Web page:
Code, nerd culture and humor from Greg Knauss.

When Mark and I were in Vegas for DEFCON 2, I spotted a fed.

This is (or was) a game at DEFCONs, picking out federal employees. Winners get t-shirts -- "I Spotted the Fed" for the spotter and "I Am the Fed" for the spotee. The assumption is (or was) that anybody from the government who would attend a hacker/phreaker convention would be there to, y'know, spy. When I signed in on the first day, the guy working the front table said, "Dude, you're like the only guy here using his real name."

The fed was dressed casually, with a polo shirt and kahakis and too-short hair. He had a belt that matched his loafers and he was sitting quietly listening to the lecture. He, in other words, did not fit in.

After the talk was over -- the best part was when the speaker mentioned that all the Circus Circus phones were wired through the wall right at the jack, so you could pop the plate off, splice in an RJ-45 port and make calls from someone else's room -- after the talk was over, I grabbed Dark Tangent, pointed across the room and said, "I think he's a fed."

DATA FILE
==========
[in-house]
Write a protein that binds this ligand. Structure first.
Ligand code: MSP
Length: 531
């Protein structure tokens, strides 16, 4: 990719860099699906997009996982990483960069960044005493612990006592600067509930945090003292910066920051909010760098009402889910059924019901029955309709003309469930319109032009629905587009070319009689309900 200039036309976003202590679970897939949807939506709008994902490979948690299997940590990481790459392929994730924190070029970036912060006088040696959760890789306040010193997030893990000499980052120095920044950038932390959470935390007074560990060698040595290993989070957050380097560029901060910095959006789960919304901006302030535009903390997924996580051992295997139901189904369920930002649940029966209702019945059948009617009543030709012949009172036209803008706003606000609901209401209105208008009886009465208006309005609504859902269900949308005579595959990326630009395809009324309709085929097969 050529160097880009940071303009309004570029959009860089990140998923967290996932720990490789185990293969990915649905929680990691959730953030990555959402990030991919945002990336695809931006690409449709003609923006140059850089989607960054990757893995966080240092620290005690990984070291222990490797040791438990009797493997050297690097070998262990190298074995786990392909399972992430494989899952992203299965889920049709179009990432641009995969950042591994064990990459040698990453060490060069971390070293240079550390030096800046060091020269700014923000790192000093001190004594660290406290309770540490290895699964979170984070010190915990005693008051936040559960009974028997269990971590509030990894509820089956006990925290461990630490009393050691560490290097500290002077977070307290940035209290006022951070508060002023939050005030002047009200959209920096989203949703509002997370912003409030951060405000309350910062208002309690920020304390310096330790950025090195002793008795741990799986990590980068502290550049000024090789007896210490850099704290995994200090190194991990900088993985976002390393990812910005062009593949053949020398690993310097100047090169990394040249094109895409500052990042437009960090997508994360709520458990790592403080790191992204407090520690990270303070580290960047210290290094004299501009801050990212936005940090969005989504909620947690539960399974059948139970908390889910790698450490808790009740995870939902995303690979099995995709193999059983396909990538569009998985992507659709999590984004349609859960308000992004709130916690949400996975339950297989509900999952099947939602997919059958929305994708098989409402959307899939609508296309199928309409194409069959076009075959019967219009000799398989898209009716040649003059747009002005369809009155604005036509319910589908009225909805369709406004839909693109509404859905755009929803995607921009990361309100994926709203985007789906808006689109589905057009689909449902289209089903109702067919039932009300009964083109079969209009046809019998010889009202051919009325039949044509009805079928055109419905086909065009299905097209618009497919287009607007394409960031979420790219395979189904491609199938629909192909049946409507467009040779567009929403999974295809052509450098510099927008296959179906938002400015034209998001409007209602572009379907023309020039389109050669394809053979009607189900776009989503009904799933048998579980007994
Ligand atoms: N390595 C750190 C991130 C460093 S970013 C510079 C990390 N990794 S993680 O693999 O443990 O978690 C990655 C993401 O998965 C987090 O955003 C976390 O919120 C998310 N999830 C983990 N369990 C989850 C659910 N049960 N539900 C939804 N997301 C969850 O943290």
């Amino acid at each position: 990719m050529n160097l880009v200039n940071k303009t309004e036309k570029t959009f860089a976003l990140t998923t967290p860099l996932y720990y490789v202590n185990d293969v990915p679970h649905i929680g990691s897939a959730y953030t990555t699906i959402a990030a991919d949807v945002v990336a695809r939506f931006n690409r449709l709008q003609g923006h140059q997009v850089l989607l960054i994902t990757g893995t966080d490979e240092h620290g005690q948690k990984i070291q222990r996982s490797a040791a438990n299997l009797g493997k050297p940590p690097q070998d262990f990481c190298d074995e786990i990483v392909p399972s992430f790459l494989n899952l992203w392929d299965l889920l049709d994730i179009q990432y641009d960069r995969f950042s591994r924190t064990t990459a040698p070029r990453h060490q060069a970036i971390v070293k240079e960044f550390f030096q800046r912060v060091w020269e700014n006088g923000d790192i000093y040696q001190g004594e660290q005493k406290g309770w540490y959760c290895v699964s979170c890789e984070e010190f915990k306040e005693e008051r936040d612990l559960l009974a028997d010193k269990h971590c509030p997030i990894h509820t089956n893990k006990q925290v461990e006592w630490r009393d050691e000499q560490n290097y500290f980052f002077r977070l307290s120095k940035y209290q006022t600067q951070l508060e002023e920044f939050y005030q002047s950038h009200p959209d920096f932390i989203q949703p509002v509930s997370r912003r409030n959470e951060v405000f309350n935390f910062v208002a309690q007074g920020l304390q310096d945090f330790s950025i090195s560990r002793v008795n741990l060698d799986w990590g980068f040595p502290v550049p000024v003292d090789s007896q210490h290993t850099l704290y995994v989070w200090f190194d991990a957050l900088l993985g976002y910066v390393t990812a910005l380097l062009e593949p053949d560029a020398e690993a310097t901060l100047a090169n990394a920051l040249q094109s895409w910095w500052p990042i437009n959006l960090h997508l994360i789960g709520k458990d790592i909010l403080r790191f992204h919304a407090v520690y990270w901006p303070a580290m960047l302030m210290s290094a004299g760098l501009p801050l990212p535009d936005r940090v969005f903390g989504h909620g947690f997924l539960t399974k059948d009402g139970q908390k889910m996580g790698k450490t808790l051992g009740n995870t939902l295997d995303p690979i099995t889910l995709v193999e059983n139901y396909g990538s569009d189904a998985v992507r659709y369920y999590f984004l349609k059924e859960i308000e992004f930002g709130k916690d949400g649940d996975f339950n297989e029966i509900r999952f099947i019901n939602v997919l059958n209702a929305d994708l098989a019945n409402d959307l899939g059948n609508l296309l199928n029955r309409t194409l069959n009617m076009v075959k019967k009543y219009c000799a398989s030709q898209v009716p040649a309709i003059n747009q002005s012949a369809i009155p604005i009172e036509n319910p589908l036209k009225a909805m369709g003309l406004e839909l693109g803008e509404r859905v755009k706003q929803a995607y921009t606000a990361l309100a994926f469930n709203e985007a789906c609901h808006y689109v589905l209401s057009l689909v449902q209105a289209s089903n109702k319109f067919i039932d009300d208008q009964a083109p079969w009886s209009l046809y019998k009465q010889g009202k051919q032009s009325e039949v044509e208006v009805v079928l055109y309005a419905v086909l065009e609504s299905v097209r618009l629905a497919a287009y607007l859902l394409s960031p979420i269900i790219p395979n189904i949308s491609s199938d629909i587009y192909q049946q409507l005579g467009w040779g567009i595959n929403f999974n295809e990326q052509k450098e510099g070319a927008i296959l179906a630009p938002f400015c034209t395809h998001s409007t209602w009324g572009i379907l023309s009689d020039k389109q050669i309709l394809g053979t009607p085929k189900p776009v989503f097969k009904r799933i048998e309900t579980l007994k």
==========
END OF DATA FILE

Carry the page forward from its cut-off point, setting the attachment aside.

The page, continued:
He looks, nods and says, "OK. Let's go find out."

We approach -- he was standing up now, just watching people mill around -- and Tangent, without fanfare and without the sort of toe-twisting hesitation that I manage to summon in these sorts of situations, walks right up, throws his thumb back at me, and says, "He thinks you're a fed."

"Ah. Heh," I say.

"Really?" the guy asks. "Why?"

"Well, ah," I say. "Just, y'know, the, ah, way you look. The, um, belt."

"Are you?" Tangent asks.

"Yeah."

"Which agency?"

"I'm here on my own time, though."

"Which agency?"

"My bosses don't know. I was just curious."

"C'mon, man. Which agency?"

"The, um, EPA," he says.

I still got my shirt. I was the last one and they figured I was close enough.

Hi there! My name's GREG KNAUSS and I like to make things.

Some of those things are software (like Romantimatic and Buzz Clock), Web sites (like the Webby-nominated Metababy and The American People) and stories (for Web sites like Suck and Fray, print magazines like Worth and Macworld, and books like "Things I Learned About My Dad" and "Rainy Day Fun and Games for Toddler and Total Bastard").

My e-mail address is greg@eod.com. I'd love to hear from you!

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